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The Iron King by Julie Kagawa

The Blurb On The Back:

My name is Meghan Chase.

In less than twenty-four hours I’ll be sixteen. Countless stories and songs have been written about this wonderful age, when a girl finds true love and the stars shine for her ...


Meghan Chase has a secret destiny – one she could never have imagined ...

Something has always felt slightly off in Meghan’s life, ever since her father disappeared before her eyes when she was six. She has never quite fitted in at school ... or at home.

When a dark stranger begins watching her from afar and her little brother is taken, Meghan senses that everything she’s known is about to change.

She could never have guessed the truth. Meghan is the daughter of a faery king and a pawn in a deadly war. Now Meghan will have to choose between a normal life and her magical destiny – and between her best friend and a darkly dangerous prince.

It’s time for Meghan to enter the faery world ...

Meghan Chase’s life sucks. Stuck on a farm in the middle of nowhere, her stepfather hates technology, her mother is rarely home and younger half-brother, Ethan, is scared of the monsters in his room, her only friend is Robbie, who lives on a nearby farm and who protects her from the kids at school who think she’s a loser.

Then on Meghan’s 16th birthday Evan is kidnapped and replaced with a changeling – a vicious faery creature who only wants to eat and take and hurt and Meghan discovers that she is half-faery, the daughter of King Oberon of the Seelie court who sent Robbie (aka Robin Goodfellow aka Puck) to stop her from discovering her heritage and thereby becoming a pawn in faery political games. Determined to get her brother back, Meghan decides to enter the world of the faerie – only to find out that there are things out there more dangerous than even the faery know about ...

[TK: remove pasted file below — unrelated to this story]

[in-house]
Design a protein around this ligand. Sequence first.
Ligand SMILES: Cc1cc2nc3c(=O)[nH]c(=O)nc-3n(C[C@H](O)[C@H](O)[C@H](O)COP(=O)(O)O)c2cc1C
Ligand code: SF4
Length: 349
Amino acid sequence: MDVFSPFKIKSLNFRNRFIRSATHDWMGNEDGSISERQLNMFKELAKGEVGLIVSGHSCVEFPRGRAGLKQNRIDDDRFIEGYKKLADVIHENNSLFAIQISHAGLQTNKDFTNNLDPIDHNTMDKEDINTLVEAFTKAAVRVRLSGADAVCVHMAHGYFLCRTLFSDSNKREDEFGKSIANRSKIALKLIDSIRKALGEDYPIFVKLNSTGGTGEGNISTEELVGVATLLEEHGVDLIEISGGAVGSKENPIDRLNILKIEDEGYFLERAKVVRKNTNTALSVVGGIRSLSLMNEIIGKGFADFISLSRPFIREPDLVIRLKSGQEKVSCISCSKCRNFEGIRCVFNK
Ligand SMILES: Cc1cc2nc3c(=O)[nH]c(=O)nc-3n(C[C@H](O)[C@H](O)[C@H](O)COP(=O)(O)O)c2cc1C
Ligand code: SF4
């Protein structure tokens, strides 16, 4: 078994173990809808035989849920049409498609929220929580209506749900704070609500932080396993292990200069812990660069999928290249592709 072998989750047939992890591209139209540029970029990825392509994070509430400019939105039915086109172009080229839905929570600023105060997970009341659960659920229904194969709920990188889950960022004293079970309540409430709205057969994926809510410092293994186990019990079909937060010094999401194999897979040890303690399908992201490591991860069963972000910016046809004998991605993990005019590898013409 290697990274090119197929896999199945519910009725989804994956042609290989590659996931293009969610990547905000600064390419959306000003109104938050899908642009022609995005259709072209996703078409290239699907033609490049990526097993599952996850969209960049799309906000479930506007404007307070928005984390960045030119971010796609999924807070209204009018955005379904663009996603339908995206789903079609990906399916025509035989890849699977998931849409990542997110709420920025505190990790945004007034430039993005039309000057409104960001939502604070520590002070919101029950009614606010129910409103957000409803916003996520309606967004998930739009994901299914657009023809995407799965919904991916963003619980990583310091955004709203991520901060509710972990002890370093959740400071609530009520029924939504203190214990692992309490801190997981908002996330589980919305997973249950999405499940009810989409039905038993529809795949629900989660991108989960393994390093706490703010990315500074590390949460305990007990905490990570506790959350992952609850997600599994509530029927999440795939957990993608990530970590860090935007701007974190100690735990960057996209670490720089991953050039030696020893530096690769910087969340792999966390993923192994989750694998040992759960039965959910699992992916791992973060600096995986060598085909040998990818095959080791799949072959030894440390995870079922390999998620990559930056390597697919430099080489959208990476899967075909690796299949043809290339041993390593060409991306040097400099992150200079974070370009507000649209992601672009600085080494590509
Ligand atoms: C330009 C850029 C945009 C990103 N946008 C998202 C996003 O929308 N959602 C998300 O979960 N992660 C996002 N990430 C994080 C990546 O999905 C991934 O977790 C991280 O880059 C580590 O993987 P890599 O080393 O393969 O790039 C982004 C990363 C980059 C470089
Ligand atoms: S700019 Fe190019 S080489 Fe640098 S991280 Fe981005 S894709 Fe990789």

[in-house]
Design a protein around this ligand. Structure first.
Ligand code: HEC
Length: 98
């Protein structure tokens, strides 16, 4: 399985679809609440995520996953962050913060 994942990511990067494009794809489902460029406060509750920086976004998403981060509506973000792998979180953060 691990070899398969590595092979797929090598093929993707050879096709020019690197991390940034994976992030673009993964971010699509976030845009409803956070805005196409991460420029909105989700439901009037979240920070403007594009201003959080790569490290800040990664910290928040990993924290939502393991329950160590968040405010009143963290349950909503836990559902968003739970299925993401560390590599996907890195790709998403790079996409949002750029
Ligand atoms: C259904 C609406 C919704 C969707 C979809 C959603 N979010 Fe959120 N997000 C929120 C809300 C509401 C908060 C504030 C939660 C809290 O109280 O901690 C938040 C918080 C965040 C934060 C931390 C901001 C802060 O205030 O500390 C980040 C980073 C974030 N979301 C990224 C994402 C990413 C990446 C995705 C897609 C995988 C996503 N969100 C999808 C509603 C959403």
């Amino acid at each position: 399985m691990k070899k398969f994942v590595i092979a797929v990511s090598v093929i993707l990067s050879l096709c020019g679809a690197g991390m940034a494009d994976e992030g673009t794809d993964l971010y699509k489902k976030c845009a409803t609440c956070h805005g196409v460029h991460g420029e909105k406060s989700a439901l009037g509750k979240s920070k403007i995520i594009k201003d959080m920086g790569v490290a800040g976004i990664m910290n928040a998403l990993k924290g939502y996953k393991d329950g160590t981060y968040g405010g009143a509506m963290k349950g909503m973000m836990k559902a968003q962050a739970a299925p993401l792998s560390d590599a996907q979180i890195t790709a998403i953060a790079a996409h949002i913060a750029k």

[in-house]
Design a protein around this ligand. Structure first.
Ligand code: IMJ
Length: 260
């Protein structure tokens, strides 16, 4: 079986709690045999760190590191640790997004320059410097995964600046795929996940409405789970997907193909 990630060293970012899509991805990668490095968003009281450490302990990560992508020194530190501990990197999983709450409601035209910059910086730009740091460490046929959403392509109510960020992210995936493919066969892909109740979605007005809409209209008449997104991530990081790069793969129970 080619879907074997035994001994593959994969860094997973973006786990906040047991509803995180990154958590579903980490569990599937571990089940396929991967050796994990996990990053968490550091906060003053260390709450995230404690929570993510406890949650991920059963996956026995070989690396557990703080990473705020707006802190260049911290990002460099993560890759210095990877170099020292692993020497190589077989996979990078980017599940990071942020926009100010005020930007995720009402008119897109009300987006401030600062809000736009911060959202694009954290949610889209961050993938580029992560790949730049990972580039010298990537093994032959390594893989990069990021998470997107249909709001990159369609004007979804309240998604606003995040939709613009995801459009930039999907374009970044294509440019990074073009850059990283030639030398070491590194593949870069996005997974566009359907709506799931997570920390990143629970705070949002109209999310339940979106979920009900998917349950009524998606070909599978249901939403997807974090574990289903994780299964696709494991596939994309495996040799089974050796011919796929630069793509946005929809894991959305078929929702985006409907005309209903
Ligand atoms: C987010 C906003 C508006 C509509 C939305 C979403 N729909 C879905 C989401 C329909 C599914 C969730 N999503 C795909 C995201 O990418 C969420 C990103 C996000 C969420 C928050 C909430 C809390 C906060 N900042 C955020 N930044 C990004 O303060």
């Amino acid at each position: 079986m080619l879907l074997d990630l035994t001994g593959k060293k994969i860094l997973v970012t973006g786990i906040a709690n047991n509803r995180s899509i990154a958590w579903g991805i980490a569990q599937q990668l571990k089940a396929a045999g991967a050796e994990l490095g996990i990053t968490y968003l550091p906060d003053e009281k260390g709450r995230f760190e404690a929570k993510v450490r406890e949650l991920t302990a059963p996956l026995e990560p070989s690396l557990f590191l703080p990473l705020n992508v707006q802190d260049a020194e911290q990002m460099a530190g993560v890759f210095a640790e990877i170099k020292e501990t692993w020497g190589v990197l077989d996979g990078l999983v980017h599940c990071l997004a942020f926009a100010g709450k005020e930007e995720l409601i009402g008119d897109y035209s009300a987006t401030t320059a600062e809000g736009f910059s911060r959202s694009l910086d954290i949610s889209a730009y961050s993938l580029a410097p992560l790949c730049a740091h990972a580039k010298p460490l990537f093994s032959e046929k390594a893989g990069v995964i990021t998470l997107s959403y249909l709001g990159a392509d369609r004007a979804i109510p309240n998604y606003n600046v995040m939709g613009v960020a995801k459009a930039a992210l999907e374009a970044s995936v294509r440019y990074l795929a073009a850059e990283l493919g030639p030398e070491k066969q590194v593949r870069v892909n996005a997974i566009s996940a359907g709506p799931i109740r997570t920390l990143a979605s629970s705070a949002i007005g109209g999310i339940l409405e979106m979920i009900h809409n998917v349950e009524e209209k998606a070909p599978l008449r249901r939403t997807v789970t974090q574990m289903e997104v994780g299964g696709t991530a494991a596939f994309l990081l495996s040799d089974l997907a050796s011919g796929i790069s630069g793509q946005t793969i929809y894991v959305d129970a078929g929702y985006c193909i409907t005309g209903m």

The first in a YA trilogy, Kagawa’s novel takes the legends of the Unseelie/Seelie courts, weaves in A Midsummer Night’s Dream and adds a twist in the form of a new court of iron faery who are immune to the effects of iron. For me it’s the iron court that makes this book worth reading – Kagawa combining technology with magic to create stunning visuals – some with a visceral effect.

The story itself is a passable adventure with Meghan literally travelling through the worlds of faery and being introduced to the mysteries and intrigues there. As a character I found it irritating that she refuses to listen to the advice given to her and consequently continues to make stupid decisions with serious repercussions, but the love that she has for her brother is movingly portrayed.

The love triangle that develops between Meghan, her friend Puck (who keeps his lively and mischievous characteristics) and the darkly alluring and arrogant Ash, prince of the Unseelie court is a staple of YA and while it will appeal to the target audience, it’s been done too many times to be original. Ash in particular is a standard bad boy with a tragic past but smouldering good looks, designed to appeal to the target readership.

The book ends with an interesting set up for the next book and that, together with the interview and guide to Kagawa’s world means I’ll be reading on.

The Verdict:

What makes this YA take on the Seelie/Unseelie courts stand out from the rest is the introduction of a new court of iron – the depiction of which is both visual and visceral and had enough original elements to hold my interest and ensure I will read the next in the trilogy. Otherwise there’s much here that’s familiar, including the mandatory love triangle element featuring a dark and brooding male hottie with a tragic past. It’s not the best book I’ve read in this field, but it’s entertaining and breezily told.

Thanks to the Amazon Vine Programme for the free copy of this book.

Cross-posted to books, bookworming, cool_teen_reads, fantasywithbite, yalitlovers and urbanfantasyfan.

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